Working Through It

Mpepper/ September 26, 2021/ Think Pieces

This is just a story in which I try to make sense of, or come to terms with, yet another disappointment.

Late last year into early this year, I was querying agents with THE GHOSTS OF MARSHLEY PARK. I got such great feedback, and yet… ultimately, no one took it. Most of the feedback boiled down to:

  • This is great, but it doesn’t fit my list
  • This is great, but ghost stories are a tough market right now
  • I love these characters, but [no actual reason for rejecting the manuscript]

In fact, in a lot of cases, I received some form of “great book, but no thanks” without any explanation as to why. Maybe they looked me up online and decided they didn’t want to work with me? Sad, but possibly true.

But the one rejection that sent me into a tailspin said:

You have written a solid manuscript that was a delight to read. Unfortunately, I am reluctantly going to have have to pass… If my workload decreases, I will review your submission again to see if it matches my needs.

The Agent That Caused Me To Give Up

This agent (TATCMTGU) left the agency he was at a few months after that and went to start one of his own. At that point, however, I’d already begun the self-publishing process for GoMP. In fact, I’d hired an indie artist to do some original cover art for the book, and then had a designer use that art to make the gorgeous cover.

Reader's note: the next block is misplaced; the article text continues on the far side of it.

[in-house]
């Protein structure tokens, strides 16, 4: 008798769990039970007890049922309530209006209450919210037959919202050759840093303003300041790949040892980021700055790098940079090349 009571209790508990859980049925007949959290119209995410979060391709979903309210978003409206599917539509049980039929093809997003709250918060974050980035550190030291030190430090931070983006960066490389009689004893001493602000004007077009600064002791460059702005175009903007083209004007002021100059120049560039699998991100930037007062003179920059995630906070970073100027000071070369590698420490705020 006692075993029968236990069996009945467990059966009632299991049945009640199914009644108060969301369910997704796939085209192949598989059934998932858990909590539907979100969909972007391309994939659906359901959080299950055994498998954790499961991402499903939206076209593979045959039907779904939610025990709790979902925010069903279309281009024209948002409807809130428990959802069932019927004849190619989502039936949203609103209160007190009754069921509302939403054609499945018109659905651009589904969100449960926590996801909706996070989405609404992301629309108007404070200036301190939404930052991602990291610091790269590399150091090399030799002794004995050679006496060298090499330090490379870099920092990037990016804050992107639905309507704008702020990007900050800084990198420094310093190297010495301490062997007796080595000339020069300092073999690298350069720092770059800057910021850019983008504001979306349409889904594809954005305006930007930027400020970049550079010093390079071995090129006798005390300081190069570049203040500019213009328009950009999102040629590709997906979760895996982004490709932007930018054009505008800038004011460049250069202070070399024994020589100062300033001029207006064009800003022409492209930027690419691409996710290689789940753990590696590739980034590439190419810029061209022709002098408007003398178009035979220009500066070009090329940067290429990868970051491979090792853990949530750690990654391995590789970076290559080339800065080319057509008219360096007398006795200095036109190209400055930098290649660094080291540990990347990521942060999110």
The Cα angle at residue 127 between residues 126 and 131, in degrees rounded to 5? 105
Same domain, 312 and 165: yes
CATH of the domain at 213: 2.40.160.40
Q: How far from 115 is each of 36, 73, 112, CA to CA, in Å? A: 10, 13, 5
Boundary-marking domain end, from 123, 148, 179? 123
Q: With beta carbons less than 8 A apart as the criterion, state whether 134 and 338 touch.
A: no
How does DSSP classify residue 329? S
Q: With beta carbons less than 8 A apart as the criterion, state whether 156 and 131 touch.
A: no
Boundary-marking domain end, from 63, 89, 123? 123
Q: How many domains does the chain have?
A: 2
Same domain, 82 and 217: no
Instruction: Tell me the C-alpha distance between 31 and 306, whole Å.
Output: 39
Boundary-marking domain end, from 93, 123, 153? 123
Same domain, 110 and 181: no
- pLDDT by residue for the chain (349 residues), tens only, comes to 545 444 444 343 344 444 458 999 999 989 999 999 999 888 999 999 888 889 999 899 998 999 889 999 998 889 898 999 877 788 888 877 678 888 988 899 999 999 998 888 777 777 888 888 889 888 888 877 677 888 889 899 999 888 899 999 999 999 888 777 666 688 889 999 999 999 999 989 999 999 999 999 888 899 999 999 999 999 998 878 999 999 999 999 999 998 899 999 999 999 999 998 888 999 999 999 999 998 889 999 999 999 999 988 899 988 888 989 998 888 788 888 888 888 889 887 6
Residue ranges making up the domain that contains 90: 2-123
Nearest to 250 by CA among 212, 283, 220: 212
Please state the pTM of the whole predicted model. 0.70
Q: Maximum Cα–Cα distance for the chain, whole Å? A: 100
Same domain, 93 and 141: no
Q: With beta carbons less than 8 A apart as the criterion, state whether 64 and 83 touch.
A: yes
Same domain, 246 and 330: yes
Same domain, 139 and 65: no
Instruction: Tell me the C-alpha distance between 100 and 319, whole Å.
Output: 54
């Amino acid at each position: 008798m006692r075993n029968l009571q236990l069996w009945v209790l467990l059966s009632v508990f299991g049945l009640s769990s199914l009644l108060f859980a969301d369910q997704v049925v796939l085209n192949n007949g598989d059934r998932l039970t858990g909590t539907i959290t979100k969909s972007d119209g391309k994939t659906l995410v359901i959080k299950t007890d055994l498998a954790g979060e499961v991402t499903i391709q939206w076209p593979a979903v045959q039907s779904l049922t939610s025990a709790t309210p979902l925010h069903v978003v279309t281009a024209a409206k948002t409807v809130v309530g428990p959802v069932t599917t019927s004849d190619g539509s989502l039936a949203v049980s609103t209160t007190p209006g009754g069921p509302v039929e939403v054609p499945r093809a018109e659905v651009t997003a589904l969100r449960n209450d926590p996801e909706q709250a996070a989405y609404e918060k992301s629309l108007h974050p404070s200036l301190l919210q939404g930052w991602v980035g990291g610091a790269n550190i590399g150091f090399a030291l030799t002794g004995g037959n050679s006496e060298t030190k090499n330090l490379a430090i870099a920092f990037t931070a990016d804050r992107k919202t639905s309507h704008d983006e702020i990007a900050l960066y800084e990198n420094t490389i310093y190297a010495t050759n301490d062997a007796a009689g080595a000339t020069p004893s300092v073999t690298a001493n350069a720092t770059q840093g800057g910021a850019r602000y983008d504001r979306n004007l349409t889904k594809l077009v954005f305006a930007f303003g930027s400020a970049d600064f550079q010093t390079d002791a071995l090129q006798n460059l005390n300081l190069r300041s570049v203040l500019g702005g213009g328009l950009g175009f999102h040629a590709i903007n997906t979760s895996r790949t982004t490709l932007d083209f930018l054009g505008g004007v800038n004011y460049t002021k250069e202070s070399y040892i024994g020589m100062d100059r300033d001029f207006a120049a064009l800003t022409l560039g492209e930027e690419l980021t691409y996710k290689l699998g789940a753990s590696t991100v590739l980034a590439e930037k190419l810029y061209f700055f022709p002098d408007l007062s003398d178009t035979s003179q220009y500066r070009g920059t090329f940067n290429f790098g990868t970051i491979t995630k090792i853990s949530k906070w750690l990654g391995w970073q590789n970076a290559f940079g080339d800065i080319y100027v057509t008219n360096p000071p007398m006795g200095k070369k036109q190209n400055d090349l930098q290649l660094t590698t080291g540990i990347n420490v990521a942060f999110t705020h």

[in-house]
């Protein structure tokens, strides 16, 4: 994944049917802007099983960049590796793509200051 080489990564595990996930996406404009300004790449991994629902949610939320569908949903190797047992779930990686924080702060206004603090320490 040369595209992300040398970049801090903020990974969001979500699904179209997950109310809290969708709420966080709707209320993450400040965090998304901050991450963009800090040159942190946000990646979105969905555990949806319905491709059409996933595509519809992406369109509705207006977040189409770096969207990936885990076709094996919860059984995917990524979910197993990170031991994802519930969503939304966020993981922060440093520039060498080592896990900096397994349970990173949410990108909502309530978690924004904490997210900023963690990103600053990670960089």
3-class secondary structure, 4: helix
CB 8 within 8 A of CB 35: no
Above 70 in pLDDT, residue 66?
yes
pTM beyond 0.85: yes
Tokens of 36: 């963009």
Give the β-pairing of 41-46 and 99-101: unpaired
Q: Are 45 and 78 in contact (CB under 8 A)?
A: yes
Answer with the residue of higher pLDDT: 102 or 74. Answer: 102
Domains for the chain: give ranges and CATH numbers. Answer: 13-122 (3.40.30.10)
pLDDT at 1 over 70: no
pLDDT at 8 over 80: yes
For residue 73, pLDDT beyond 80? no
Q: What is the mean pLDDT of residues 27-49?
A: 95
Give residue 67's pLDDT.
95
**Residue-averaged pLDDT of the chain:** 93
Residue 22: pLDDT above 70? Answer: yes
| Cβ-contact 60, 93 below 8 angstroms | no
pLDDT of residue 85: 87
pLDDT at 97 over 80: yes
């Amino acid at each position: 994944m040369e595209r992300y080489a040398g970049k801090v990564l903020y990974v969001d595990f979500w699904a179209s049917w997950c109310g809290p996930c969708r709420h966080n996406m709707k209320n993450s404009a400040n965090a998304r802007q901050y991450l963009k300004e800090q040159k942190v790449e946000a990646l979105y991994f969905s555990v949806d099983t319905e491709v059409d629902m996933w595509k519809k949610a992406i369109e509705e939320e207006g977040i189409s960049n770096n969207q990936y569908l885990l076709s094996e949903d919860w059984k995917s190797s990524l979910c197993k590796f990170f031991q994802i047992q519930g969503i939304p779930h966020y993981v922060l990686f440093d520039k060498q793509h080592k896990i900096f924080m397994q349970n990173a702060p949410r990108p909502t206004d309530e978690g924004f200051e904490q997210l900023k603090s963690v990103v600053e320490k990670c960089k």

GoMP cover

And then… TATCMTGU signed the artist.

And, you know, good for her, I guess. And good for the agent, too. But I can’t help but have complex feelings about the whole thing. My ASD really demands that people be clear about what they say and do, and to be rejected so often without reason—to be told again and again that I’m actually a great writer, but that they don’t want my work (or to work with me)—is very confusing. Deciphering queries is impossible for me; what I’m being told (“great book!”) doesn’t match the agents’ actions (“pass”). It’s like being on a sports team, and the coach says, “You’re a great player!” but then leaves you on the bench. My neurodivergent brain does not understand that behavior, and maybe I never will. But, like a kid never picked for teams in school, I will continue to be hurt by it.

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